Studied extensively, new drug-eluting stent said to be very safe

April 14, 2008

Endeavor provides a minimally invasive alternative to open-heart byass surgery for patients undergoing angioplasty.

The Food & Drug Administration recently approved for use Endeavor, the first zotarolimus-eluting coronary stent manufactured by Minneapolis-based Medtronic, Inc.

Endeavor provides a minimally invasive alternative to open-heart bypass surgery for patients undergoing an angioplasty.

Salmon said the clinical program for Endeavor -the first DES to be approved by the FDA since 2004-represents the largest DES regulatory submission in the United States. Conducted over four years, Medtronic provided the FDA with data from seven randomized controlled clinical trials and registries that involved more than 4,100 patients. Post-market follow-up to assess Endeavor's long-term safety and effectiveness and risk of thrombosis will include 22,500 patients and take five years to complete. "We had to call more patients because zotarolimus is a new molecular entity," Salmon explained. "The FDA required a minimum of 2,000 patients studied over a 30-day exposure period. Later, because of safety issues, the FDA required twice the amount of data. The FDA required us to follow up with everyone for five years," he remarked.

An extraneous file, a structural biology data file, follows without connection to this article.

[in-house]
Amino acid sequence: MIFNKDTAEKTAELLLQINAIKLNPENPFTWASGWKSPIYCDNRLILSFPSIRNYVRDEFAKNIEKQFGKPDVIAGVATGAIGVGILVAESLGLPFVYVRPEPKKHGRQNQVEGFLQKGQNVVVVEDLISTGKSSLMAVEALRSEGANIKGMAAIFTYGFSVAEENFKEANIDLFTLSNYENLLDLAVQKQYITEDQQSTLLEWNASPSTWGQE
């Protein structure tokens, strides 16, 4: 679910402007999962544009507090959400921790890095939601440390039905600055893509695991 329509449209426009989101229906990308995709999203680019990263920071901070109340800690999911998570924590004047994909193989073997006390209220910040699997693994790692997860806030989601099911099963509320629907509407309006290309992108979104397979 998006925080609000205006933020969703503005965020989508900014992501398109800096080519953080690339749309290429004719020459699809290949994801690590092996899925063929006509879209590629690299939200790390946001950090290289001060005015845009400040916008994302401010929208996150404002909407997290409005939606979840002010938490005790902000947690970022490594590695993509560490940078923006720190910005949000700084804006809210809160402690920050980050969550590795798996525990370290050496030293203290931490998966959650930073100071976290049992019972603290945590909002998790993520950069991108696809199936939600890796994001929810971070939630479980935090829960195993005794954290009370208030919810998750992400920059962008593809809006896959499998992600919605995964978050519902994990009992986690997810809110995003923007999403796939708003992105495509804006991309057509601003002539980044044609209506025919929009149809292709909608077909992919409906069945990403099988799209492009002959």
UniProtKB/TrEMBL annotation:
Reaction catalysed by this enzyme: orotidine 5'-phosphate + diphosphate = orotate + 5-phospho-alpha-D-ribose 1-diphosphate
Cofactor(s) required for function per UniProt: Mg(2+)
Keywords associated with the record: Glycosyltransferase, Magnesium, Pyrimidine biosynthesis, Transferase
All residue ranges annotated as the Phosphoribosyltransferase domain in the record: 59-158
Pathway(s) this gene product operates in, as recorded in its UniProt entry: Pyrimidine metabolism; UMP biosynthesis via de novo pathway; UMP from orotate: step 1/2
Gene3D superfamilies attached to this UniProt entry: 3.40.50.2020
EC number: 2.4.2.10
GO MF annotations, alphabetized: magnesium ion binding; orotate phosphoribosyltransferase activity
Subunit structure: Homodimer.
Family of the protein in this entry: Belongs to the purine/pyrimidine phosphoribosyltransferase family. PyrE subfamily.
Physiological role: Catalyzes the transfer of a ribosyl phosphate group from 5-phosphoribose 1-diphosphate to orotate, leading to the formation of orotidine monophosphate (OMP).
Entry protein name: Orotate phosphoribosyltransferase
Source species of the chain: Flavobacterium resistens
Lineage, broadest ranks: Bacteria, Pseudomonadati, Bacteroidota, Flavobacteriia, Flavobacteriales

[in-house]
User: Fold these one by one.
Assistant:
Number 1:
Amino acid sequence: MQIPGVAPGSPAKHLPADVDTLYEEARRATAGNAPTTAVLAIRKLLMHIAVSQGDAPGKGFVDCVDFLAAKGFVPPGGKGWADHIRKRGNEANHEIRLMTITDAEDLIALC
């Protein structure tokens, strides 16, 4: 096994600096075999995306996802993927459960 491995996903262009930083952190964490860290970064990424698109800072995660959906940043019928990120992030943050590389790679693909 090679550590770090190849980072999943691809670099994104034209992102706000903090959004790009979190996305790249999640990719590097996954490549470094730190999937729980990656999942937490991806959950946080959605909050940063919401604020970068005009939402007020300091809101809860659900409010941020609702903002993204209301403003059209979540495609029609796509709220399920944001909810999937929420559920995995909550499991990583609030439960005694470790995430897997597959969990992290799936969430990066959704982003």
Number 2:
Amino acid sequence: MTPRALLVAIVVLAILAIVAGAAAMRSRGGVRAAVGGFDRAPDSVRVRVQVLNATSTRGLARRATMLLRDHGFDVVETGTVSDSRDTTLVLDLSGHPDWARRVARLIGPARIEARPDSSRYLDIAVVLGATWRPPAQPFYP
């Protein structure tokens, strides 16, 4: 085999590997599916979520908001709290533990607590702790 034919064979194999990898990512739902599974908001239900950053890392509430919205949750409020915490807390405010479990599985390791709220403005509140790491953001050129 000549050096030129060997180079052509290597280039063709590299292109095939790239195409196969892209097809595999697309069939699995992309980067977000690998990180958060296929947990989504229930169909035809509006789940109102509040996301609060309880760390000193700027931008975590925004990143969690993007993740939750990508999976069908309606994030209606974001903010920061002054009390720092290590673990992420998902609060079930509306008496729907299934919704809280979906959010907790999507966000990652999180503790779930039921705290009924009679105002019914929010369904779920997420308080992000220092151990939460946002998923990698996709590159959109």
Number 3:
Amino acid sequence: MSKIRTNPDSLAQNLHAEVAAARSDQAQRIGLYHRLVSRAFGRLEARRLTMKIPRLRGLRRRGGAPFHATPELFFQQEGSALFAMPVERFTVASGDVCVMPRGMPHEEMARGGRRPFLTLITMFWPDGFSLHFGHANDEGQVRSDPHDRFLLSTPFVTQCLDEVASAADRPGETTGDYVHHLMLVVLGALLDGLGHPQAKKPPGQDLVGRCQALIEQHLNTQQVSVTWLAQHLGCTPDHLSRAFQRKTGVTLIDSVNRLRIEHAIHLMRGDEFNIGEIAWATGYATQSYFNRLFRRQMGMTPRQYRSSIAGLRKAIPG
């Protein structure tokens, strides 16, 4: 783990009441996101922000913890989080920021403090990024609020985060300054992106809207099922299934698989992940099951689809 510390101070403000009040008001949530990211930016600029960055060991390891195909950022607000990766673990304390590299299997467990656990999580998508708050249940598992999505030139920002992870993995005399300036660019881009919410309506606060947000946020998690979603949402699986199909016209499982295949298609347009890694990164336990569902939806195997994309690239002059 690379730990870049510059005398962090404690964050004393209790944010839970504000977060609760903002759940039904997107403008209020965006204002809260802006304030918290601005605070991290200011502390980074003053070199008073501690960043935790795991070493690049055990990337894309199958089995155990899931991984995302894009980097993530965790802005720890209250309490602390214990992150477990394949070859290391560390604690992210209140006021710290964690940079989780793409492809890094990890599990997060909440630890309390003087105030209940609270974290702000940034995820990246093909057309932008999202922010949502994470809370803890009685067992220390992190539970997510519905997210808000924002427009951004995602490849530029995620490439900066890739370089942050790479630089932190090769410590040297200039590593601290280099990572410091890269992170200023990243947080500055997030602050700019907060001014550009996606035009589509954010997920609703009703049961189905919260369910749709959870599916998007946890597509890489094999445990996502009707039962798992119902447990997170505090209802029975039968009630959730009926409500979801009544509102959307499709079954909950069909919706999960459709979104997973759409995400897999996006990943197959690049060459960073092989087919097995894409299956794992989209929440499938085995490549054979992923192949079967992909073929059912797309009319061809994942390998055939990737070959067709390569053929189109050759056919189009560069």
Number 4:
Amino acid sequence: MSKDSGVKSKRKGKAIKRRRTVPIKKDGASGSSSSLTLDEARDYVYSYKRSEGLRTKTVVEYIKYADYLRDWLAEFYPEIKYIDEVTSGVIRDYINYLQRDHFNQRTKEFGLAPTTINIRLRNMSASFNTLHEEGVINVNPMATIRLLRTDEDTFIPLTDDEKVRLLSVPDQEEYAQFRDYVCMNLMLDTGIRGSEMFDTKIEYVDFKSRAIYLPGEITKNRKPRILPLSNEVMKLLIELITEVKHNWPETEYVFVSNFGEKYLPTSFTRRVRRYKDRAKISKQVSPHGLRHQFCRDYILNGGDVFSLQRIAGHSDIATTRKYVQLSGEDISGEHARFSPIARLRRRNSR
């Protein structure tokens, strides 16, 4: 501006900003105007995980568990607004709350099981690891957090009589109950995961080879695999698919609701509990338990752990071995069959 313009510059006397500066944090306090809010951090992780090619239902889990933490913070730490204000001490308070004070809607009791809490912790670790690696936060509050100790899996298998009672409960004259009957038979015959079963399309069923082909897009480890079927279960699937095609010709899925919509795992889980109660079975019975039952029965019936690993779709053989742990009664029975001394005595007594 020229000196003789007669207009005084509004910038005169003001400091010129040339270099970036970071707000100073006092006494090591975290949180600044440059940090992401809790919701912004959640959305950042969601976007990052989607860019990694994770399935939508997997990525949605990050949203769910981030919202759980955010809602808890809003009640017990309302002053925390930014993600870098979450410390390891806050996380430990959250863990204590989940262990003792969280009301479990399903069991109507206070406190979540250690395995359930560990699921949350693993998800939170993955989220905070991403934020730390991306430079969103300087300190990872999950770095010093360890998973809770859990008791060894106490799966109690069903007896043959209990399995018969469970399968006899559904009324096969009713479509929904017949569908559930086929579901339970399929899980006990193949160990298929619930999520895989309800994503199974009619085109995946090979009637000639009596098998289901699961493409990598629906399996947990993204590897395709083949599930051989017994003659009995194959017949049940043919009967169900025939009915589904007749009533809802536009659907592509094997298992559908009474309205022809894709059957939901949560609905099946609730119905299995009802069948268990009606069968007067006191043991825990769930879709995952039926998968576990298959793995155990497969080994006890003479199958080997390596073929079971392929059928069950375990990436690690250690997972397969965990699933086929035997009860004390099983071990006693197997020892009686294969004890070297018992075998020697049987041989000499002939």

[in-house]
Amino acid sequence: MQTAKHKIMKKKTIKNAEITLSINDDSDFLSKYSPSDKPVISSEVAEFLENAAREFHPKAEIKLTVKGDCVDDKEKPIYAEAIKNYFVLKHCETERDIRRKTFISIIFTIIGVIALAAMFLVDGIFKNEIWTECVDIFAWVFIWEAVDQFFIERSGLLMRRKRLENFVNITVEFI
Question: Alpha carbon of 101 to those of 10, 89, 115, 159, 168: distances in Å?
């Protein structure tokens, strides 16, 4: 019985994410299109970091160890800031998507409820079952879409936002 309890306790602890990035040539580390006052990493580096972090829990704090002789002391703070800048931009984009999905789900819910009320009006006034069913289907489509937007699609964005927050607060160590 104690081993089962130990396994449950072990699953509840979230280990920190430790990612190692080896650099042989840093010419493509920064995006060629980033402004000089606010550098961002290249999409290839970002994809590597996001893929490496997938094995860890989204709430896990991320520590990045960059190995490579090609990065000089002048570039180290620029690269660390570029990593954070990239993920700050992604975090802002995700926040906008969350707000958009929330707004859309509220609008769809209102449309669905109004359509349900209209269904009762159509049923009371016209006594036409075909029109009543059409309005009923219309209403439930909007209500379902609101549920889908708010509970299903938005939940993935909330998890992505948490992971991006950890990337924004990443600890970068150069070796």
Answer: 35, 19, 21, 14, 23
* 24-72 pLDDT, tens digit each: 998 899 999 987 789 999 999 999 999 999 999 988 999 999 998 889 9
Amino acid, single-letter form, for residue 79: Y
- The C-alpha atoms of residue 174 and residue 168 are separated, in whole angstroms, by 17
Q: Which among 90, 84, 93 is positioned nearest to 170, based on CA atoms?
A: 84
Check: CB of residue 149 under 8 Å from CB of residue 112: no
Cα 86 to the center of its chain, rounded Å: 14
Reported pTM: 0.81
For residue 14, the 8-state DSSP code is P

To prevent stent thrombosis and restenosis, Endeavor's clinical studies included a regimen of the antiplatelet drugs, clopidogrel and ticlopidine, for a minimum of three to six months both pre- and post-procedure. "Current guidelines recommend that patients receive aspirin indefinitely," states Endeavor's "Instructions for Use."

Jennings, who advises that "for anyone with a stent, it's aspirin for life," noted that 12 months of post-surgical antiplatelet drugs help to prevent platelet activity and encourage the endothelial process. "Once the stent is embedded into the tissue, you don't need antiplatelet drugs because it becomes part of the body," he added.

Medtronic launched Endeavor in February and expects initial shipments to U.S. hospitals to total 100,000 units. Salmon said the stent "is priced in the middle of the market."

Besides Endeavor, another DES is expected to hit the market. It's Abbott's XIENCE V, an everolimus-eluting stent. Approved for use in Europe and Japan, this stent prevents vasculopathy in cardiac-allograft patients and may be approved domestically in the second quarter.

THE AUTHOR is a freelance writer who specializes in health care.